My batter looked a little soupy, so I looked at the reviews of the recipe to see what they suggested if you use regular oats, which take longer to cook. It was too late for me to soak my oats in advance (as one reviewer had), so I decided to see how much milk the oats would soak up while the griddle heated, and made a couple of pancakes before adding flour. I didn’t like the way the liquid spread out from the oats, so I added about a tablespoon of flour to the remaining 2/3s of the batter. The rest of the pancakes looked better, and more pancake-like, with the extra flour.
These were okay. I enjoyed the hint of cinnamon, and the crunch of the oats. The use of regular oats may have changed the texture of the batter, because the pancakes were still pretty dense, and slightly doughy, even though they looked done enough on the outside. I didn’t expect them to be light and fluffy, but I didn’t expect to have difficulties getting them done enough since I’ve learned how to properly make pancakes on my griddle this year. Considering I’m still a little sick, though, it’s possible that I was impatient and didn’t cook the pancakes quite long enough.
All in all, these tasted fine and seemed pretty healthy. These were very oaty pancakes, and it was nice to have something without as much flour for a change. If you’re going to use regular oats, definitely soak them in the buttermilk/sour milk a little first, or try adding extra flour when you make them. I wonder if you might lose the crunch of the oats if you soak them first, though. This recipe was okay, but considering there’s lots of other pancake recipes I like, I’m not sure if I’ll try it again.
[I actually wrote this up the first weekend of October, but didn’t post it as I went on a catch-up posting spree and decided that anyone who reads this blog would need a break. Since the 3rd, I’ve been both busy and sick, so I’m just now getting to putting up this review.]
Last week I wanted sourdough waffles but couldn’t find a recipe to make that morning. This weekend, I planned ahead and made the batter for Old-Fashioned Maine Sourdough Waffles the night before I wanted them.
This recipe is nearly identical to the other sourdough waffle recipe on the King Arthur Flour website, except that this one called for both AP and whole wheat flour. I made sour milk since I didn’t have buttermilk. I was a little nervous about letting something with such a high milk content rest on the counter overnight, even though my kitchen was cool. I reassured myself that the yeast action from the sourdough starter would take care of things – and it did.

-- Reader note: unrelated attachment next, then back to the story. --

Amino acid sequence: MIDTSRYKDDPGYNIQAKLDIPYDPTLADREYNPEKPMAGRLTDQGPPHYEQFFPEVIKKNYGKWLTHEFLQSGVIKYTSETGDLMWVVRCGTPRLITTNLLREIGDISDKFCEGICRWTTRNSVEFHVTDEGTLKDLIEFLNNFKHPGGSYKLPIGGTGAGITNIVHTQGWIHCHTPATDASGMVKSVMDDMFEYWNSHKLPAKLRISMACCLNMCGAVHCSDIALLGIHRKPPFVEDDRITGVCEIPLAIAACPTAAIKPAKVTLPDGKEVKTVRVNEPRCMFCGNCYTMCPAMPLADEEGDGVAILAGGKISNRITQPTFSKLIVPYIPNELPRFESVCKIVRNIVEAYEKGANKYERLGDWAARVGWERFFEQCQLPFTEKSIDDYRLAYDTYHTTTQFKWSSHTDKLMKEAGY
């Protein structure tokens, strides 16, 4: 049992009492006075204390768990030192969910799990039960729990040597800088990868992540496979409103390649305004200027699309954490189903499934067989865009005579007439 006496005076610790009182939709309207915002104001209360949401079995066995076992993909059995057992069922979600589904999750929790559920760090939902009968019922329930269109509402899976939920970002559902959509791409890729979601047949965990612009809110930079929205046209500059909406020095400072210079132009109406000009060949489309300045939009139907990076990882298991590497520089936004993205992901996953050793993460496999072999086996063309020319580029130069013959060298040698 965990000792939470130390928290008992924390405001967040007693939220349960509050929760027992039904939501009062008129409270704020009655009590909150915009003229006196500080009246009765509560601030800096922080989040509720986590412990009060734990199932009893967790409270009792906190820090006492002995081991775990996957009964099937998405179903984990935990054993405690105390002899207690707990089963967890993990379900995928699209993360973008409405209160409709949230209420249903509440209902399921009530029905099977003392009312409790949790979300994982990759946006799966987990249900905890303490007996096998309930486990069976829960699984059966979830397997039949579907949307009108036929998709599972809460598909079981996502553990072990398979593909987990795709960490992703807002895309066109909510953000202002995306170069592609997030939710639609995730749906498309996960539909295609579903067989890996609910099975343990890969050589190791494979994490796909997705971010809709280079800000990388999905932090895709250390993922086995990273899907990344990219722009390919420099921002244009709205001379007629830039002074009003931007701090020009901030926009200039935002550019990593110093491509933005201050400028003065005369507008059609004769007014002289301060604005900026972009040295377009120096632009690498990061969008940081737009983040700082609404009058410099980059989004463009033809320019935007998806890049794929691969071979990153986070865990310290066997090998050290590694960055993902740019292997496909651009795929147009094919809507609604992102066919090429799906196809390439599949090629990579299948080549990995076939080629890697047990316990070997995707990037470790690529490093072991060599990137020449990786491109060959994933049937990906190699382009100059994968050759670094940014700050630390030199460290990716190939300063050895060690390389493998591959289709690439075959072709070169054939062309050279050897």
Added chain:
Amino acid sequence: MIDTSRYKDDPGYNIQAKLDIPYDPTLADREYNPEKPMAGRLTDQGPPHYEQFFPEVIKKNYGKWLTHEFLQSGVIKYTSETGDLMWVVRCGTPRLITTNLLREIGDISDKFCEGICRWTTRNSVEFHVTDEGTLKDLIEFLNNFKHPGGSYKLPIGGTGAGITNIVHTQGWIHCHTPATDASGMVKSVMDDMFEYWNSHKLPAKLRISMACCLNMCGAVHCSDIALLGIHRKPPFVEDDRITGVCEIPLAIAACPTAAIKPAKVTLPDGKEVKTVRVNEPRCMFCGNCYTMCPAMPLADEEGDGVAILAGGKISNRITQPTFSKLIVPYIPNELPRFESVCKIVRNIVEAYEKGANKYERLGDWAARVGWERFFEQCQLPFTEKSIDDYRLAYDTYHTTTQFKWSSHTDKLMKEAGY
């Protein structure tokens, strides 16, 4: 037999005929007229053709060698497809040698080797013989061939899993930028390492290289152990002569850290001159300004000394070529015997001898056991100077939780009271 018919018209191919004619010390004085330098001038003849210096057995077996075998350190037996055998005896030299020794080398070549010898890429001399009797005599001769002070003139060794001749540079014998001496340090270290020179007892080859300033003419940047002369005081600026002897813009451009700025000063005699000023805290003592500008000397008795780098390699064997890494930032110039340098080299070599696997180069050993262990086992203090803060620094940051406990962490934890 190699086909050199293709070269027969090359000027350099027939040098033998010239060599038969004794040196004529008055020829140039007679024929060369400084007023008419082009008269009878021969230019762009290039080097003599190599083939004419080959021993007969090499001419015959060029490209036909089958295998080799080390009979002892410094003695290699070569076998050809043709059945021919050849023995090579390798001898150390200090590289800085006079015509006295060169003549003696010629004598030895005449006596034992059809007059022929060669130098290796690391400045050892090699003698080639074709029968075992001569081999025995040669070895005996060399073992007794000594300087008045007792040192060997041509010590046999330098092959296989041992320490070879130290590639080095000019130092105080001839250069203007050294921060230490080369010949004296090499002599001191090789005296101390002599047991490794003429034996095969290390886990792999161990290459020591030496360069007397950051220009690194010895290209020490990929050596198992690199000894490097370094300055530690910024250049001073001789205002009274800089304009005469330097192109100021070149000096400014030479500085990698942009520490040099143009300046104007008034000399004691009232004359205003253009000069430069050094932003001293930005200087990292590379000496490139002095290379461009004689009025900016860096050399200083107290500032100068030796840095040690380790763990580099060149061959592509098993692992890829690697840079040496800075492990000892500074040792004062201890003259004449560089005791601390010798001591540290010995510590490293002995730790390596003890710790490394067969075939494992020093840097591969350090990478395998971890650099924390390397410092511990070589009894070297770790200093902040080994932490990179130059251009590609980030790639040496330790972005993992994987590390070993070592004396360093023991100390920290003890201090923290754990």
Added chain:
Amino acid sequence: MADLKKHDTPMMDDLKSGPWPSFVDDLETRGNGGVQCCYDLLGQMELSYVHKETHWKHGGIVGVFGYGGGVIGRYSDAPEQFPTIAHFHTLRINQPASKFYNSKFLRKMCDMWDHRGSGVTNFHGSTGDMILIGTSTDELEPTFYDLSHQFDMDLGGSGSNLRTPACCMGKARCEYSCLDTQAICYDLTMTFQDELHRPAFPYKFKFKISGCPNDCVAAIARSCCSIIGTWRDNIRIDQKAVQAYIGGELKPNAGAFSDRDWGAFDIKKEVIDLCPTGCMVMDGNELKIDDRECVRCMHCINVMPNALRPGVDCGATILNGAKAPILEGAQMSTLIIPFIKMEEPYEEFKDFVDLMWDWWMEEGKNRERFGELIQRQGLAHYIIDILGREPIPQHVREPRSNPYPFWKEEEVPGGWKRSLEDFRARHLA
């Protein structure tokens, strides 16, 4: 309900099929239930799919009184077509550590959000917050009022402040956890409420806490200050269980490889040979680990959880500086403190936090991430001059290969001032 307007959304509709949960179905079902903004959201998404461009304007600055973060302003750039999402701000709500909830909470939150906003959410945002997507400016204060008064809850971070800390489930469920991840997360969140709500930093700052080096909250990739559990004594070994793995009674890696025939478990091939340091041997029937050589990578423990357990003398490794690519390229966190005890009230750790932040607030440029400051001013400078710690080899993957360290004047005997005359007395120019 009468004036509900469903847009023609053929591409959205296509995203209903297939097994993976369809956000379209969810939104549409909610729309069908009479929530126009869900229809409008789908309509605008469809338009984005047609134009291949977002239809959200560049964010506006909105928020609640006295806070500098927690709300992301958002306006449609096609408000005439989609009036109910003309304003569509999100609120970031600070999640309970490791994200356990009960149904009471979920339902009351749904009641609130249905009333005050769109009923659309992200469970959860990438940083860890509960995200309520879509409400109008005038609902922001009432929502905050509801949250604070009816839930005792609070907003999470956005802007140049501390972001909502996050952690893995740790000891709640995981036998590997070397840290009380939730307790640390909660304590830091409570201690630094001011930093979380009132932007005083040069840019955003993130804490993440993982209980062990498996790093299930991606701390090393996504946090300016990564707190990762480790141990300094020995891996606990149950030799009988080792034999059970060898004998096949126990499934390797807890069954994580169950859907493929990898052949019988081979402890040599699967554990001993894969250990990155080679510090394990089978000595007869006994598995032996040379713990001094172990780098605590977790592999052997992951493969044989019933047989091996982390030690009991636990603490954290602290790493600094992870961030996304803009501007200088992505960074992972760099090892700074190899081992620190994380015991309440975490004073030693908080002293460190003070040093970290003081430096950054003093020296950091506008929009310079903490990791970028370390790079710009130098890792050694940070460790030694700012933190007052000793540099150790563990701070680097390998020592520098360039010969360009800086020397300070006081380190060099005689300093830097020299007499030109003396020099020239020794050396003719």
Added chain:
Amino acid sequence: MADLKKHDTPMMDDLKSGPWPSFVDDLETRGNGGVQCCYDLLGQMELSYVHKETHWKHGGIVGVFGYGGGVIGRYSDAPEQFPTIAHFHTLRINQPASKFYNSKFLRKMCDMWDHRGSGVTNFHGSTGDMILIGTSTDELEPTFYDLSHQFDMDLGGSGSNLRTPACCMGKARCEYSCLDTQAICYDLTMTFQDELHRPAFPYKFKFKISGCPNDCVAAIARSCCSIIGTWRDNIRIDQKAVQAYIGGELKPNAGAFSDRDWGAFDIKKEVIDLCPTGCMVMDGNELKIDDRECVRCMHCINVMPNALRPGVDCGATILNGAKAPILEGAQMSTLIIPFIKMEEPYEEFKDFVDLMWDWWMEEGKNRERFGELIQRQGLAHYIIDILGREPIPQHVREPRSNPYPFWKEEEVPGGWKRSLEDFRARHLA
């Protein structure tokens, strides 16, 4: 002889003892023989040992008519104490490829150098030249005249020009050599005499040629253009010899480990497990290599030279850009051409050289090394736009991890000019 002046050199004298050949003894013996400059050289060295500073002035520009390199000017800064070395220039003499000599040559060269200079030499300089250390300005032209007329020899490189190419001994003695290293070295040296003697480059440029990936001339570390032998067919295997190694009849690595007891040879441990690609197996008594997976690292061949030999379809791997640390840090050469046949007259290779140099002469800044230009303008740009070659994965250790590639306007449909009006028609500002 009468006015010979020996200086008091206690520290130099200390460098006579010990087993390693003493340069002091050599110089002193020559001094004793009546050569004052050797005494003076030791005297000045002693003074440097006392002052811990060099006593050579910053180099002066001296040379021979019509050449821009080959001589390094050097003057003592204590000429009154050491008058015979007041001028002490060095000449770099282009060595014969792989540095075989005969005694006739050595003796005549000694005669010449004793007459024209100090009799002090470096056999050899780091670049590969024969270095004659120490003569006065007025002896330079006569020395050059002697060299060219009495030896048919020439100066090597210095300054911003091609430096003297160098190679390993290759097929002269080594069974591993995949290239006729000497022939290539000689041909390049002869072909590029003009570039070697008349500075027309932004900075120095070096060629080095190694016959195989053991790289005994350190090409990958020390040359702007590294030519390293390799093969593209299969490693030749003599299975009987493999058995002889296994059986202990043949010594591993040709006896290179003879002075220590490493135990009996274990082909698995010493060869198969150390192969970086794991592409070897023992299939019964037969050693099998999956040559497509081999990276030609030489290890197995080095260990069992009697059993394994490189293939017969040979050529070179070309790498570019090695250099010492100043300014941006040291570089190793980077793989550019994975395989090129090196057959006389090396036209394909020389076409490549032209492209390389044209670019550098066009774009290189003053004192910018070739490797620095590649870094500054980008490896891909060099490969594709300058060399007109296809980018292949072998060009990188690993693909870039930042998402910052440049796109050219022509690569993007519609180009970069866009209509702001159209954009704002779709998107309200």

In morning, the sponge looked just like a sourdough starter, except a little darker from the whole wheat flour. I added eggs, vegetable oil, salt, and baking soda to it before I mixed it up. There was some furious bubbling from the baking soda interacting with the sponge, which I thought was pretty cool. This made 9 waffles in my waffle iron. The recipe said to cook for 2 minutes, but that wasn’t actually quite done enough inside as it should be, so I cooked all subsequent waffles as I normally do (until steam stops coming from the waffle maker).
These smelled amazing while they cooked – just like bread baking. They were very light, and had a chewier texture than regular waffles. They definitely had a different flavor from regular waffles – breadier and not as sweet. They had character on their own without adding syrup. Alex said that he had one or two bites that tasted sour, but that was probably an issue of me not mixing the sponge before I added the rest of the ingredients, and not mixing well enough in general. I really enjoyed these waffles, and I really liked the texture. However, they are not good as leftovers, so when I make them again, I’ll have the recipe so that I only make what we’ll eat that day.
Believe it or not, I’m not actually that huge a fan of pancakes, but I’ve tried enough pancake recipes this year, searching for the best one(s), that I ought to have it as a separate tag on this blog. Thus, one weekend morning I made Buttermilk Blueberry Pancakes.
This pancake recipe uses 2 parts whole wheat flour and 1 part all-purpose flour. I like this because I used to add whole wheat flour to my pancakes and waffles before I started my recipe goal this year. As the title points out, buttermilk and blueberries also are key ingredients. This recipe also includes a little vanilla extract, which is unusual for most recipes; perhaps it offsets the whole wheat a little bit while adding few calories.
These cooked up very easily, and very well. I really enjoyed these. They were both delicious and healthy. The author suggested wrapping and freezing them, which we did. I normally stick with yogurt or smoothies for breakfast, but one morning I really wanted a stack of these, and was glad I had them. They were very good reheated, a nice change from yogurt or other quick breakfasts. I’ll make this recipe again.